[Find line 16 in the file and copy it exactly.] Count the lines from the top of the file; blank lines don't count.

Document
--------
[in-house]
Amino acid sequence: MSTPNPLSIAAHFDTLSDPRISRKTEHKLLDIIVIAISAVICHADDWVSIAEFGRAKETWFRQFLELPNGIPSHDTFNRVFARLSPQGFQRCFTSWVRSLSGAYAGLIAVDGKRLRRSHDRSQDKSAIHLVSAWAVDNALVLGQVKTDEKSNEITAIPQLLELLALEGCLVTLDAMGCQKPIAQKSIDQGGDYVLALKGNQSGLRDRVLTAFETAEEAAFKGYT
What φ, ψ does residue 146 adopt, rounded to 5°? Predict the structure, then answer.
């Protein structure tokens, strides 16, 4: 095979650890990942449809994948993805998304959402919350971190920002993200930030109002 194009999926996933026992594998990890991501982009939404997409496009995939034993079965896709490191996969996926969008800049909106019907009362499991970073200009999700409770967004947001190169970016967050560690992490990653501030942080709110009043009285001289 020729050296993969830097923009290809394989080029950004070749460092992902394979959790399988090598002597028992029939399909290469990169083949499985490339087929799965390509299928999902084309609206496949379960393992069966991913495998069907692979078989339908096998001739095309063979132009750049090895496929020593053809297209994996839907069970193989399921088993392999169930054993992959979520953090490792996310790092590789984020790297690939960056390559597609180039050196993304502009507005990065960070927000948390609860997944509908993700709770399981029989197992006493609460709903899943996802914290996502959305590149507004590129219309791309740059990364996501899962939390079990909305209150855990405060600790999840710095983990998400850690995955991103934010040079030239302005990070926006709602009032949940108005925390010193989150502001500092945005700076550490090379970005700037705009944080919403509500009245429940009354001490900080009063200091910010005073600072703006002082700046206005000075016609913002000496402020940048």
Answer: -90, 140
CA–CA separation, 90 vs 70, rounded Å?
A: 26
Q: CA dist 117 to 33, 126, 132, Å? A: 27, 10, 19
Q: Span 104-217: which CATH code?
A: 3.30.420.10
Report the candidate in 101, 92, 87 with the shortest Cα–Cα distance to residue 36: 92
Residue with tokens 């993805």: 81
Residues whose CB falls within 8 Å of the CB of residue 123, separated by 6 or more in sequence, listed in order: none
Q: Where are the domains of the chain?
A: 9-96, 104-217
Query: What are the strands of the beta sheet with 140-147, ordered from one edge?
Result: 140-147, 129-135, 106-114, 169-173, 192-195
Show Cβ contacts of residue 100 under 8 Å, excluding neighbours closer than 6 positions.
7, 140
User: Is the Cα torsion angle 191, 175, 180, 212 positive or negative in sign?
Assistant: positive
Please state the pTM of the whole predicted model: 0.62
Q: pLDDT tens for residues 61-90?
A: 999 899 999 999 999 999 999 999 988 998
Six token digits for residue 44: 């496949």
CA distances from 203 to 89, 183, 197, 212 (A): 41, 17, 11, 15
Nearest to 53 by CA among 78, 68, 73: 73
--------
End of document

Query: What are the strands of the beta sheet with 140-147, ordered from one edge?